“Step” into the lives of young women just like you
LAPACAZO SANDOVAL | 8/17/2017, 2:05 p.m.
There might be an early Oscar contender in the documentary category this year, with several key industry predictors giving the “dark horse,” aka “the little film that could,” a serious second look.
“Step” is soulful without trying to be. It’s also very entertaining and unexpectedly inspirational because it dares to use the art of stepping as metaphor and a benchmark of the first graduating class of the Baltimore Leadership School for Young Women, focusing on the step team (the Lethal Ladies), who are about to become part of the first graduating class and their attempts to get into college. These are African-American women and at high risk of slipping through the cracks that run through the American system, but not so at the BLSYW. You can almost hear the administration’s cheer: “No great mind left behind!”
Filmmaker Amanda Lipitz, who is white and a Broadway producer marks this film as her feature-length directing debut, and she is also a Baltimore native herself. Along with her mother, they were both involved in the founding of the BLSYW charter school (2009). In “Step,” she keeps the focus on three distinctly different members of the Lethal Ladies squad. Blessin Giraldo, with her innocent but troubled dimpled smile who dreams of movie-star glamour. As the captain and founder of the BLSYW Lethal Ladies step team, she has a flair for translating her passion into words, declaring, “Step is life.” However, academically, Blessin is not working at her potential. Her single mother, Geneva, suffers for depression and Blessin missed 53 days of school in her junior year—causing her to be banned from the team—and her absence hurt her fellow steppers as they went up against other crews. Enter the no-nonsense college counselor Paula Dofat, whose sole goal is to make sure that each and every girl has the scholastic and financial means to pursue a higher education.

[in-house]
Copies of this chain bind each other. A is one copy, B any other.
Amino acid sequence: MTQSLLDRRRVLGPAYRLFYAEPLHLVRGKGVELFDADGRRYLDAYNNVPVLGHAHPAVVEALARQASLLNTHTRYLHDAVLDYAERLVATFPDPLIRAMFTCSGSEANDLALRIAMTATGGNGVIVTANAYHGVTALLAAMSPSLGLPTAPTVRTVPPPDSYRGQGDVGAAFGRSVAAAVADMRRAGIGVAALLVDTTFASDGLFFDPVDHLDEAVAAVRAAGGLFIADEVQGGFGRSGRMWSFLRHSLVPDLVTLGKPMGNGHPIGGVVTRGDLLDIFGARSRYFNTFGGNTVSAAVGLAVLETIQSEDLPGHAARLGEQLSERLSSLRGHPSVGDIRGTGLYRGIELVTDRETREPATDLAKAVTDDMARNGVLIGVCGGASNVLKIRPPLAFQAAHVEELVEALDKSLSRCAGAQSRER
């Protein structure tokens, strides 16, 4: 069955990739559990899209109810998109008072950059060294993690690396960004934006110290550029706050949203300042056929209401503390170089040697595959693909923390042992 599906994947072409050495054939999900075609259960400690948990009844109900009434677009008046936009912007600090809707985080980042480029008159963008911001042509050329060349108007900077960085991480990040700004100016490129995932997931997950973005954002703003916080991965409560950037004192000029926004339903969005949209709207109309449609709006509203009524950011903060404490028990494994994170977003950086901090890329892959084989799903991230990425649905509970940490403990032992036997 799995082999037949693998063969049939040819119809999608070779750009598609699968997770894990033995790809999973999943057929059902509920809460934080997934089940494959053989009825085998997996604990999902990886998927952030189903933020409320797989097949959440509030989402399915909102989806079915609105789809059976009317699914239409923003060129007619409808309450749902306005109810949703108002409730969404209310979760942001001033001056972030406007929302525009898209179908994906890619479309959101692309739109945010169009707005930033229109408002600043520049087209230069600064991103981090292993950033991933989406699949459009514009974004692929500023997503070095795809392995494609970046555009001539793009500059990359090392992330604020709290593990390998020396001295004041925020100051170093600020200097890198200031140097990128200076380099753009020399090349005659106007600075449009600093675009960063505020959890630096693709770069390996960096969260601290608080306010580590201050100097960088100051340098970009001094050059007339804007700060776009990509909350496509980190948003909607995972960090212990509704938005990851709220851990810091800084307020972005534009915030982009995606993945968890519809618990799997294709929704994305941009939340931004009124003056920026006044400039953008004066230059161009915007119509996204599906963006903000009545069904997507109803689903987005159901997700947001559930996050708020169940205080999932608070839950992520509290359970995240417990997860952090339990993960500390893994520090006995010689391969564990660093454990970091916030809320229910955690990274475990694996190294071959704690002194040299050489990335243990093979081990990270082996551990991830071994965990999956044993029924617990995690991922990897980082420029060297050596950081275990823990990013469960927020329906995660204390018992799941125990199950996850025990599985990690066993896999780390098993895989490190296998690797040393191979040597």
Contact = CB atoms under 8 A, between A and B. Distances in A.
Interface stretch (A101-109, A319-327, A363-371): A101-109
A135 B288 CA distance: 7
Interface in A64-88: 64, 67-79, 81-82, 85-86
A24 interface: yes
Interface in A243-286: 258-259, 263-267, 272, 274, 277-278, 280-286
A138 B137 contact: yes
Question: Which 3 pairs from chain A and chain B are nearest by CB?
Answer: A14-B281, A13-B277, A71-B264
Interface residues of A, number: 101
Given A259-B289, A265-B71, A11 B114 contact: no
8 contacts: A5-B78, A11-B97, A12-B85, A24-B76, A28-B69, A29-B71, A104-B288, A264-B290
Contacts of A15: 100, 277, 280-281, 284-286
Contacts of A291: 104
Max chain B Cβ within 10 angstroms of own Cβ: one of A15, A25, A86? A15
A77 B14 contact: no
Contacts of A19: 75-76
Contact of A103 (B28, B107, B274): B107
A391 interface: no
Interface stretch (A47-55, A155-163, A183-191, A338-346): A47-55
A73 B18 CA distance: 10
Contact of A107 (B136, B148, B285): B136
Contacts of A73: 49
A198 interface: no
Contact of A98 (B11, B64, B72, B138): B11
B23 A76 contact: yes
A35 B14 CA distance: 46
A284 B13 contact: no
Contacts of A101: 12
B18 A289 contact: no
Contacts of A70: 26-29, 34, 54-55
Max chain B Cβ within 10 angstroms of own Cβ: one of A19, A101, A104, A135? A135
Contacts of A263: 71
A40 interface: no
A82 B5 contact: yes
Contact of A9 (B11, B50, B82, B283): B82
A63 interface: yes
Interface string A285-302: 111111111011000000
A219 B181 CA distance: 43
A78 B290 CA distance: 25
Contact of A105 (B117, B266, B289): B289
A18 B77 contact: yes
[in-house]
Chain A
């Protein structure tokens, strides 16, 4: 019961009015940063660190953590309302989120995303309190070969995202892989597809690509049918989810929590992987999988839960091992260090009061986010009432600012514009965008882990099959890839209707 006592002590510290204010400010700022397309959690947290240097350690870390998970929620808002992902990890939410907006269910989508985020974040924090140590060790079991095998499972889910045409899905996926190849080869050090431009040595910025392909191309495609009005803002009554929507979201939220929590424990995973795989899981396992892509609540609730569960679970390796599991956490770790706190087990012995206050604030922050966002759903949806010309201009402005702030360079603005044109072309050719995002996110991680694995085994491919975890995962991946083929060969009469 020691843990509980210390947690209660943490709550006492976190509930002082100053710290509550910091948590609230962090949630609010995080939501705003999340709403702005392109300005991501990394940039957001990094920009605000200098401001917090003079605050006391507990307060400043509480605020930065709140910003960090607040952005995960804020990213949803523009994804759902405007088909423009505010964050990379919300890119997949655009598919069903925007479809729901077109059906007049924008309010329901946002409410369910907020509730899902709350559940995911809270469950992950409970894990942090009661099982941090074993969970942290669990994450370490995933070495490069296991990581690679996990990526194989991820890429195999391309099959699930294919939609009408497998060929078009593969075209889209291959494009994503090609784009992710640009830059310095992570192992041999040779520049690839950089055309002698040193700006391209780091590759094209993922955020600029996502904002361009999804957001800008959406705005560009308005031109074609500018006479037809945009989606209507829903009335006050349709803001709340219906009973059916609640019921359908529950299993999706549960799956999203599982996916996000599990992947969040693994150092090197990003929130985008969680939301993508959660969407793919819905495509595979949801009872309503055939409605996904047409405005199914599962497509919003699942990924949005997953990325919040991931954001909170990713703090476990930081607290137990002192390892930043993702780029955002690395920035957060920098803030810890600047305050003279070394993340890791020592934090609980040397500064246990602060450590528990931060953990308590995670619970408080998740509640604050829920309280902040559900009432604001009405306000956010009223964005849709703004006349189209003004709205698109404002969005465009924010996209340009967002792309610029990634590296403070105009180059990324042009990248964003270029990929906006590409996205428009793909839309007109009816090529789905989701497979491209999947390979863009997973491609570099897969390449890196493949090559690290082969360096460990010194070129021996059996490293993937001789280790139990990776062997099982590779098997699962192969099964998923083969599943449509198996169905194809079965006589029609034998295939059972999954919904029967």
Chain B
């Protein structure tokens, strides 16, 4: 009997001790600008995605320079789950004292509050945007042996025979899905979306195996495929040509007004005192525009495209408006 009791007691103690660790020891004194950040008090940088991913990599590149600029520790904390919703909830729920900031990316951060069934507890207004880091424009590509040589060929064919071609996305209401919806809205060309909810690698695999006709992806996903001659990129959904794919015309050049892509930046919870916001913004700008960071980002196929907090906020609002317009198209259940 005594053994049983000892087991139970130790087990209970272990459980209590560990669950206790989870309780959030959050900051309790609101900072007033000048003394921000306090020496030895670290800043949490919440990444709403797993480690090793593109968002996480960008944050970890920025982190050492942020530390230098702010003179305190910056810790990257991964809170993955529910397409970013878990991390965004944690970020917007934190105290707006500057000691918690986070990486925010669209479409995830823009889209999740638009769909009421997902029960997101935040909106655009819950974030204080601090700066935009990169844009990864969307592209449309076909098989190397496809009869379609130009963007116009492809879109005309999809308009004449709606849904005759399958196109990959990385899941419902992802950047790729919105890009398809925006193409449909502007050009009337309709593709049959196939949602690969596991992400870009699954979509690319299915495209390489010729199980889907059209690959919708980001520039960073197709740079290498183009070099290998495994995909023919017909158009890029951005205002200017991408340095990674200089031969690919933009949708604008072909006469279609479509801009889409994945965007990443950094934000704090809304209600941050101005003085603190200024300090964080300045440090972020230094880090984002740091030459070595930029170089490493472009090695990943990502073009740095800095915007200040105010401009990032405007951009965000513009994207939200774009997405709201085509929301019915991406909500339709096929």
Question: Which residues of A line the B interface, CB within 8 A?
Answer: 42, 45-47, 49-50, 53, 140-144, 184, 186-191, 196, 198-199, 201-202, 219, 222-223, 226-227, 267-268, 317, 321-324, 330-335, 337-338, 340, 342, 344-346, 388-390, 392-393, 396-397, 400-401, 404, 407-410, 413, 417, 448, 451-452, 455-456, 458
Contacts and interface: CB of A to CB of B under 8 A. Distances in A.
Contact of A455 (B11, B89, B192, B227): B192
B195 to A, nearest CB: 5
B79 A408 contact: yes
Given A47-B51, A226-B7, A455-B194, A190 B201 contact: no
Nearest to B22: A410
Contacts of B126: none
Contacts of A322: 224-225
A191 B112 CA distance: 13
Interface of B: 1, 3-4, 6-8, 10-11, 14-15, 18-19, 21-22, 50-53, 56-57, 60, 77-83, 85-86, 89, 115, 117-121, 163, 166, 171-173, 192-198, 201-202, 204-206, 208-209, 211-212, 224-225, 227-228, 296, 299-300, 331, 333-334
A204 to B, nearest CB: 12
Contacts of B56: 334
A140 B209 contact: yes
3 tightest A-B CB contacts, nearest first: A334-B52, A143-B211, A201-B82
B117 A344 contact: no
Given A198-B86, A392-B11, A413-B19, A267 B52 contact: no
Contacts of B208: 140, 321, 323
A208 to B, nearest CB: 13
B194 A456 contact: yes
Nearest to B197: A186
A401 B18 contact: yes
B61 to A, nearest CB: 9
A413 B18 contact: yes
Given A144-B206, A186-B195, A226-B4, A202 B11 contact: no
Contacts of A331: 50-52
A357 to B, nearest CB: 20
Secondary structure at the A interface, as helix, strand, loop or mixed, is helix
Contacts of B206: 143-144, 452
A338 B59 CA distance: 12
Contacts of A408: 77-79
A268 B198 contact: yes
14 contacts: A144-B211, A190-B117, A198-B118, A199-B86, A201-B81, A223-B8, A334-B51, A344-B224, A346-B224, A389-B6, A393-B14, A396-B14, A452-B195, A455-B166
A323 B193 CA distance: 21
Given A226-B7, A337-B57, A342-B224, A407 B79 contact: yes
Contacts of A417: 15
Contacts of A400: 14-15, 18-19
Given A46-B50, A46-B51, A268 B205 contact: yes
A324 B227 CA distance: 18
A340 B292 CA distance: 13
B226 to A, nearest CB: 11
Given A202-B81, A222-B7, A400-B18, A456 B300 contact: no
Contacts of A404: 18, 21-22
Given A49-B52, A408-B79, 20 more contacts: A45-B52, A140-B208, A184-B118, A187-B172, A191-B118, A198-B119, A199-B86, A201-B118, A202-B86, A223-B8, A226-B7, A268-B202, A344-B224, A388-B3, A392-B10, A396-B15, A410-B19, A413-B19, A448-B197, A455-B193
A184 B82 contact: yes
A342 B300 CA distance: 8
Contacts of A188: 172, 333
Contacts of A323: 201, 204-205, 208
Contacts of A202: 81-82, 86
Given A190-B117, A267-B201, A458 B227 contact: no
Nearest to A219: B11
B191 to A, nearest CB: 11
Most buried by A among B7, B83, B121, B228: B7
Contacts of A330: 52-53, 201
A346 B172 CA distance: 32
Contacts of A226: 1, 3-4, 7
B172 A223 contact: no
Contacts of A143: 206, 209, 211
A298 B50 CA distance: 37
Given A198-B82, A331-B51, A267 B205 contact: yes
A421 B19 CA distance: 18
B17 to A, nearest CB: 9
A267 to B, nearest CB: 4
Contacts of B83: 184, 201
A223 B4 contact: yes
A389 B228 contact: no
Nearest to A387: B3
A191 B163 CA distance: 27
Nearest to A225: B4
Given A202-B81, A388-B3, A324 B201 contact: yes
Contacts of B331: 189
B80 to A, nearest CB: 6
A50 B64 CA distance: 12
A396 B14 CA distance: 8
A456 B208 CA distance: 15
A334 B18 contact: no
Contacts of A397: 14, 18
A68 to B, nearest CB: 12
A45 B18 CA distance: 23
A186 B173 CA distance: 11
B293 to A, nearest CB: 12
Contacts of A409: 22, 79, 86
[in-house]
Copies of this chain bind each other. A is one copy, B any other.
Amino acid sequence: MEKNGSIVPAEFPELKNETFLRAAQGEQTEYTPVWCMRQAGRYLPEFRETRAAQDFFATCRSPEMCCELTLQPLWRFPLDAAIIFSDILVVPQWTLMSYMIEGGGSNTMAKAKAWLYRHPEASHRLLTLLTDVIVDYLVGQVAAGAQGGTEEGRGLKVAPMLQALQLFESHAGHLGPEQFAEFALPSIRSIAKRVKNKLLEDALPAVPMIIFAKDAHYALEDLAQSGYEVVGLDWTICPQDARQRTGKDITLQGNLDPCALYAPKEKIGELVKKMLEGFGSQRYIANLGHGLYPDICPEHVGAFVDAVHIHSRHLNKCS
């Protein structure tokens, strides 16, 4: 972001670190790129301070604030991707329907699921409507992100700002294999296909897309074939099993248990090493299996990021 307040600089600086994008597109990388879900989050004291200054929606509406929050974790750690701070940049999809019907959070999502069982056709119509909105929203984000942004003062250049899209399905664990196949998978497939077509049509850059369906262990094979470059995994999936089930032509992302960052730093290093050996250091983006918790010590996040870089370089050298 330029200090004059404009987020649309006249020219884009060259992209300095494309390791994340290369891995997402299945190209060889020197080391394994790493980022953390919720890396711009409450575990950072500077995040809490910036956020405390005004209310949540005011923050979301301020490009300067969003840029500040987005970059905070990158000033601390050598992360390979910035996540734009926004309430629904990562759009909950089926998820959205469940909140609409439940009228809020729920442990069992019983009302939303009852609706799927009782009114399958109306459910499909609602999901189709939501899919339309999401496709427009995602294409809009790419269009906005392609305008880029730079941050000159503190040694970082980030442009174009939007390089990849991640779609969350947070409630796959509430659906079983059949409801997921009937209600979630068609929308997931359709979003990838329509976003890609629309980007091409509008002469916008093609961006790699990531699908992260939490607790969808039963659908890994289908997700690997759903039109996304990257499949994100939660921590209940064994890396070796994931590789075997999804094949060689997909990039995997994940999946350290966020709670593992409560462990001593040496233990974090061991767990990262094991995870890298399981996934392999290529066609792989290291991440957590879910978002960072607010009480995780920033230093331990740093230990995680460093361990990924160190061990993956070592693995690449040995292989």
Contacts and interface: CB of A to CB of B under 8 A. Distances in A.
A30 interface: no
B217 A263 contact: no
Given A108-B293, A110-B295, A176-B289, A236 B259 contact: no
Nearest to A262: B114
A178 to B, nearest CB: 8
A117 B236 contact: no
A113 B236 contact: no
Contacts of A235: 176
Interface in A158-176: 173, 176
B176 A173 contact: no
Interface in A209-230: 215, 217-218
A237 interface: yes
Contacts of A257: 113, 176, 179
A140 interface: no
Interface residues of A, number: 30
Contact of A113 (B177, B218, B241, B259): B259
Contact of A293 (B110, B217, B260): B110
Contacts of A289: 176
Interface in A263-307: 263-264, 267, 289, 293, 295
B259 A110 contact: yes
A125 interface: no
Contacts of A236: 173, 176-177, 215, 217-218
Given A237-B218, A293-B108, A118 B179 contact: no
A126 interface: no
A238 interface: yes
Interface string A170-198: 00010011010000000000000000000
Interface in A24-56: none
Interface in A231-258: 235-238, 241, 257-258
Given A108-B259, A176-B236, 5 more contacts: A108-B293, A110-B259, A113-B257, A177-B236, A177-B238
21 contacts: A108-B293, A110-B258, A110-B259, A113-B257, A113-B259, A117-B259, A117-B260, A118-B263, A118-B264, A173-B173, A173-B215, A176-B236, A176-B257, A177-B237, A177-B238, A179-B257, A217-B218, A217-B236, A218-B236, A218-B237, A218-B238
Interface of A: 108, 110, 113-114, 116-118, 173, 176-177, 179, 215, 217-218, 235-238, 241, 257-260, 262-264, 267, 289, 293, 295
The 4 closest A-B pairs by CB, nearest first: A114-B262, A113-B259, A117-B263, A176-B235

The second girl is Cori Grainger who is street-wise and balanced. As the class valedictorian—a spot she has held since the sixth grade—her goal to be admitted to Johns Hopkins becomes sharpened during her senior year. Her mother, Triana, is deeply devoted and newly married to her longtime boyfriend, with six children between them.
A full scholarship is a necessity.
The third girl is Tayla Solomon, an only child with a wiry outlook on life and a killer eye-roll move that speaks volumes. Her mother, Maisha, a correctional officer—God bless her soul— is a big old kid herself and the unofficial den mother to the step team. Not a pushover, despite her comedic antics, when Tayla’s grades begin to slip after she becomes involved with a male friend, Maisha blocks the budding romance, saying, “Boys have cooties. Stay away.”
Life happens, and director Lipitz was filming in Baltimore in 2015 when Freddie Gray died in police custody. The racially charged backdrop adds something more to the story about these girls, and why “getting out” is so vital to them individually and as a community.
The step team’s new coach, Gari McIntyre, grew up on the same street as Gray, and the theme of “Black Lives Matter” colors a choreography with urgent chants that include “Hands up, don’t shoot” as well as “I’m Black and I’m proud.” The Lethal Ladies perform in a citywide warmup competition to the ultimate event that will include teams from Maryland, Virginia and Washington, D.C. To get ready, the team endures grueling run-throughs.
Life keeps happening, especially for Blessin, who is denied college admission but is finally interviewed by two women for a special bridge program that will ease her entrance into the rigors of college. What we witness is one of the most moving moments in “Step,” when, after Blessin exits the room and Dofat, knowing it’s game time for the young woman, breaks into tears while pleading her case.
Everything about “Step” works, and in the end, you feel like you have the courage to step up and onward toward your own life goals.